Bonnie cast a sneering glance at her twin. “I would have known. Besides all our new projects are out of state and I’m handling them.”
“She’s right,” Damon said. “He cleared his desk so his guest could have his full attention.”
“Did anyone check for phone calls?” Carl asked.
“How? Daddy refused to have an answering machine.” Bonnie walked to the living room. “Would someone do something? I can’t stand this.”
Damon followed her. “We could search the grounds unless that’s been done.”
Bonnie pressed her hands against her chest. “I have a bad feeling about this. I have to go home. If Daddy’s been kidnapped, I’ll have to cancel the party. What will people think if I do that two days before the event?”
“Not a good idea,” Carl said. “I’ve heard that when there’s a kidnapping people are supposed to live as though nothing’s happened.”
Bonnie nodded. “You’re right, but I don’t think I can pretend. What excuse could we give to explain his absence?”
An odd look passed between Bonnie and Carl. Something more than Lars’ disappearance was in the air.
“Is anyone coming with me?” Damon asked. “Carl? Don? You know this place better than I do.”
Don glanced at me. “Would you?”
“Stay with Megan, of course.”
Bonnie put on her fur coat and followed the men to the door. “I can’t stay here. I’ll be at home. If Daddy calls here, let me know. Oh, Aunt Katherine, if you decide to go home, we’ll understand.”
“Why would I do that?” She vanished before the question was out. Her departure was welcome. Some of the heaviness drained from the atmosphere. Something about her attitude troubled me. I wondered if she knew more than she had said.
Don’t be foolish. She’d never let anyone harm her father.
Since her mother’s death, Bonnie had clung to Lars. When she and Don had come here for college, Lars had moved to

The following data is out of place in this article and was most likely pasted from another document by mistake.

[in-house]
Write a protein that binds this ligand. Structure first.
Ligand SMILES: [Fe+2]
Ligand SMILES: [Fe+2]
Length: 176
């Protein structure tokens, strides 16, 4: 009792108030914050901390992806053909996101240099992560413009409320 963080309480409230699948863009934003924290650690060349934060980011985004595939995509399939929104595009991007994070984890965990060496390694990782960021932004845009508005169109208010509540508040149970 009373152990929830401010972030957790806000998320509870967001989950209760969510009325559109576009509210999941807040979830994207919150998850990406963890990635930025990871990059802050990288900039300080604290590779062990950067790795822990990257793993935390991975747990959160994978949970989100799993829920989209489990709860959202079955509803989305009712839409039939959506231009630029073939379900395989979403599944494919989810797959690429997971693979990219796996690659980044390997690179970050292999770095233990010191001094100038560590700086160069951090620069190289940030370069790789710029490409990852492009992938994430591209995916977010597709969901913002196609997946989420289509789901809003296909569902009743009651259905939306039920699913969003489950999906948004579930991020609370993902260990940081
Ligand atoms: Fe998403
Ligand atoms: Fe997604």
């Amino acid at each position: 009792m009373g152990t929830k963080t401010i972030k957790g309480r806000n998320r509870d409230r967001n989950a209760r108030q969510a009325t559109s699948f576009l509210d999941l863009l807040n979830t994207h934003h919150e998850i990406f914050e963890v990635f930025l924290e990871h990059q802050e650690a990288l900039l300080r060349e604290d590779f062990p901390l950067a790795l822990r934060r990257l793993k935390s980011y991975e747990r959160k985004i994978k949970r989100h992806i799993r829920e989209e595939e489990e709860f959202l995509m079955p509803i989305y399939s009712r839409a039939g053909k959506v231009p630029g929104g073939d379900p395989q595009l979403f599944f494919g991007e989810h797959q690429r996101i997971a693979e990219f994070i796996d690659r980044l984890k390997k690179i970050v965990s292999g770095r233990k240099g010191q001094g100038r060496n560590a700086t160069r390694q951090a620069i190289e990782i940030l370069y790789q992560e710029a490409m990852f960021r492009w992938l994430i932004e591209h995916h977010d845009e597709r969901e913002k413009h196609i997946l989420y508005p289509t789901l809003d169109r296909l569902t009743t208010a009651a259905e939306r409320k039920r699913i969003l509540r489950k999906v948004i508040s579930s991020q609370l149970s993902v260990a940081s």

to be near them.
Any time he stayed in the East for more than a month, she found a reason to
bring him rushing back. Santa Fe
I returned to the kitchen and found an eye roast in the freezer, then rummaged in the pantry for potatoes and onions. Cooking one of Lars’ favorite meals might nip my fears. In the refrigerator I found the ingredients for one of my chocolate cakes.
Megan sat on the floor beside a basket lined with towels where the kitten slept. Consuela must have made the nest before she left.
“Aunt Kaferine, where my pop?”
“I don’t know.”
She climbed on one of the chairs. “What you doing?”
“Making dinner and baking a cake. Want to help?”
She nodded. “Daddy don’t make cakes. He buy ‘em. Mommy did. Her and the baby fall a long way.” Tears trickled down her cheeks.
I hugged her. “It hurts when someone you love dies. I know you miss your Mommy, but I bet your daddy takes good care of you.”
She nodded. “I have bad dreams and cry real loud. He come and pet me.” She looked up. “Aunt Bonnie don’t like me. Her yell.”
“Does she now?”
“Her don’t like me bringing dirt in her house and making her ‘spensive fings messy. Her yell at Daddy. Then her cry and he say sorry.”
The child’s tales of her aunt’s behavior didn’t surprise me. Bonnie had always been overly selfish with her possessions. She’d also staged tearful tantrums to persuade her father and brothers to give Bonnie her way.
Her mother had curbed her willful daughter, but after Marie’s death, Lars had failed to provide the needed controls. Bonnie’s whims and demands had ruled the family. I’d often wondered if this had caused the coolness between Lars and his older sons.
I put the ingredients for the cake on the table. Using a towel, I improvised an apron for Megan so she wouldn’t get her pink jeans and shirt dirty. After seasoning the beef, I put it in the oven. Then we began the cake. Megan stirred while I added flour and sour cream to the egg, sugar and chocolate mixture. Soon the pans were in the oven. Megan watched while I peeled potatoes.
About an hour after the men left, Don returned. He sat at the table. Megan crawled onto his lap.
“Nothing.” He hugged his daughter. “Something smells good.”
“Would you and Megan like to stay for dinner?”
“Yes.” Megan looked at her father. “We make a cake.”
Don laughed. “Wouldn’t dream of missing a cake you baked, Button. Aunt Katherine, would you like to stay at our house tonight?”
“I’ll stay here. He might call.”
Doubt filled his eyes. Had he given up? I felt sure his thoughts were colored by memories of waiting for his wife to come home and then learning of her death.
“Rose Prairie can sleep with you,” Megan said.
“She’s your kitten and needs to get used to being at your house with you and your daddy.” I tested the cake to see if it was cool enough to ice.